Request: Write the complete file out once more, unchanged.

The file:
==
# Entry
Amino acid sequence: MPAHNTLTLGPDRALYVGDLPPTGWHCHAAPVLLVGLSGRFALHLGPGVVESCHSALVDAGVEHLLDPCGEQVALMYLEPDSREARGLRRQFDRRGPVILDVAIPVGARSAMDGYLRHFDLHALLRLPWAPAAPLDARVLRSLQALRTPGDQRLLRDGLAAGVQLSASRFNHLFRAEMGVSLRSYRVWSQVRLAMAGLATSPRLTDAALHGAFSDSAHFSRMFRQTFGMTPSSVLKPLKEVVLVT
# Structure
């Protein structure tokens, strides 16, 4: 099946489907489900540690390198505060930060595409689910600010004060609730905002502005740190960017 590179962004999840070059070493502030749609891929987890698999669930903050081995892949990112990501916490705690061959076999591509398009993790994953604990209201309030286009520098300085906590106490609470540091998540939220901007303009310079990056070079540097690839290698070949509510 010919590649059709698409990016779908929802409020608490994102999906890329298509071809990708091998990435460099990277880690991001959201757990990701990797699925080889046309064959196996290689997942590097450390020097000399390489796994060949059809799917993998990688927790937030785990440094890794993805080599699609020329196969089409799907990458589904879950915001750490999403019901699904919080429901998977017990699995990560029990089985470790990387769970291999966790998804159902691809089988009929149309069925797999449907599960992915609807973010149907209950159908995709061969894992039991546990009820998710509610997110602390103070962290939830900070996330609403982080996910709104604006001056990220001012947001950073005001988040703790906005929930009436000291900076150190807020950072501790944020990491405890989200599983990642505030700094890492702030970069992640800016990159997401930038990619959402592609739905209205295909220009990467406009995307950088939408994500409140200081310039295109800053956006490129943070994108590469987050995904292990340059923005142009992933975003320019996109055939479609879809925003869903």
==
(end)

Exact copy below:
# Entry
Amino acid sequence: MPAHNTLTLGPDRALYVGDLPPTGWHCHAAPVLLVGLSGRFALHLGPGVVESCHSALVDAGVEHLLDPCGEQVALMYLEPDSREARGLRRQFDRRGPVILDVAIPVGARSAMDGYLRHFDLHALLRLPWAPAAPLDARVLRSLQALRTPGDQRLLRDGLAAGVQLSASRFNHLFRAEMGVSLRSYRVWSQVRLAMAGLATSPRLTDAALHGAFSDSAHFSRMFRQTFGMTPSSVLKPLKEVVLVT
# Structure
């Protein structure tokens, strides 16, 4: 099946489907489900540690390198505060930060595409689910600010004060609730905002502005740190960017 590179962004999840070059070493502030749609891929987890698999669930903050081995892949990112990501916490705690061959076999591509398009993790994953604990209201309030286009520098300085906590106490609470540091998540939220901007303009310079990056070079540097690839290698070949509510 010919590649059709698409990016779908929802409020608490994102999906890329298509071809990708091998990435460099990277880690991001959201757990990701990797699925080889046309064959196996290689997942590097450390020097000399390489796994060949059809799917993998990688927790937030785990440094890794993805080599699609020329196969089409799907990458589904879950915001750490999403019901699904919080429901998977017990699995990560029990089985470790990387769970291999966790998804159902691809089988009929149309069925797999449907599960992915609807973010149907209950159908995709061969894992039991546990009820998710509610997110602390103070962290939830900070996330609403982080996910709104604006001056990220001012947001950073005001988040703790906005929930009436000291900076150190807020950072501790944020990491405890989200599983990642505030700094890492702030970069992640800016990159997401930038990619959402592609739905209205295909220009990467406009995307950088939408994500409140200081310039295109800053956006490129943070994108590469987050995904292990340059923005142009992933975003320019996109055939479609879809925003869903």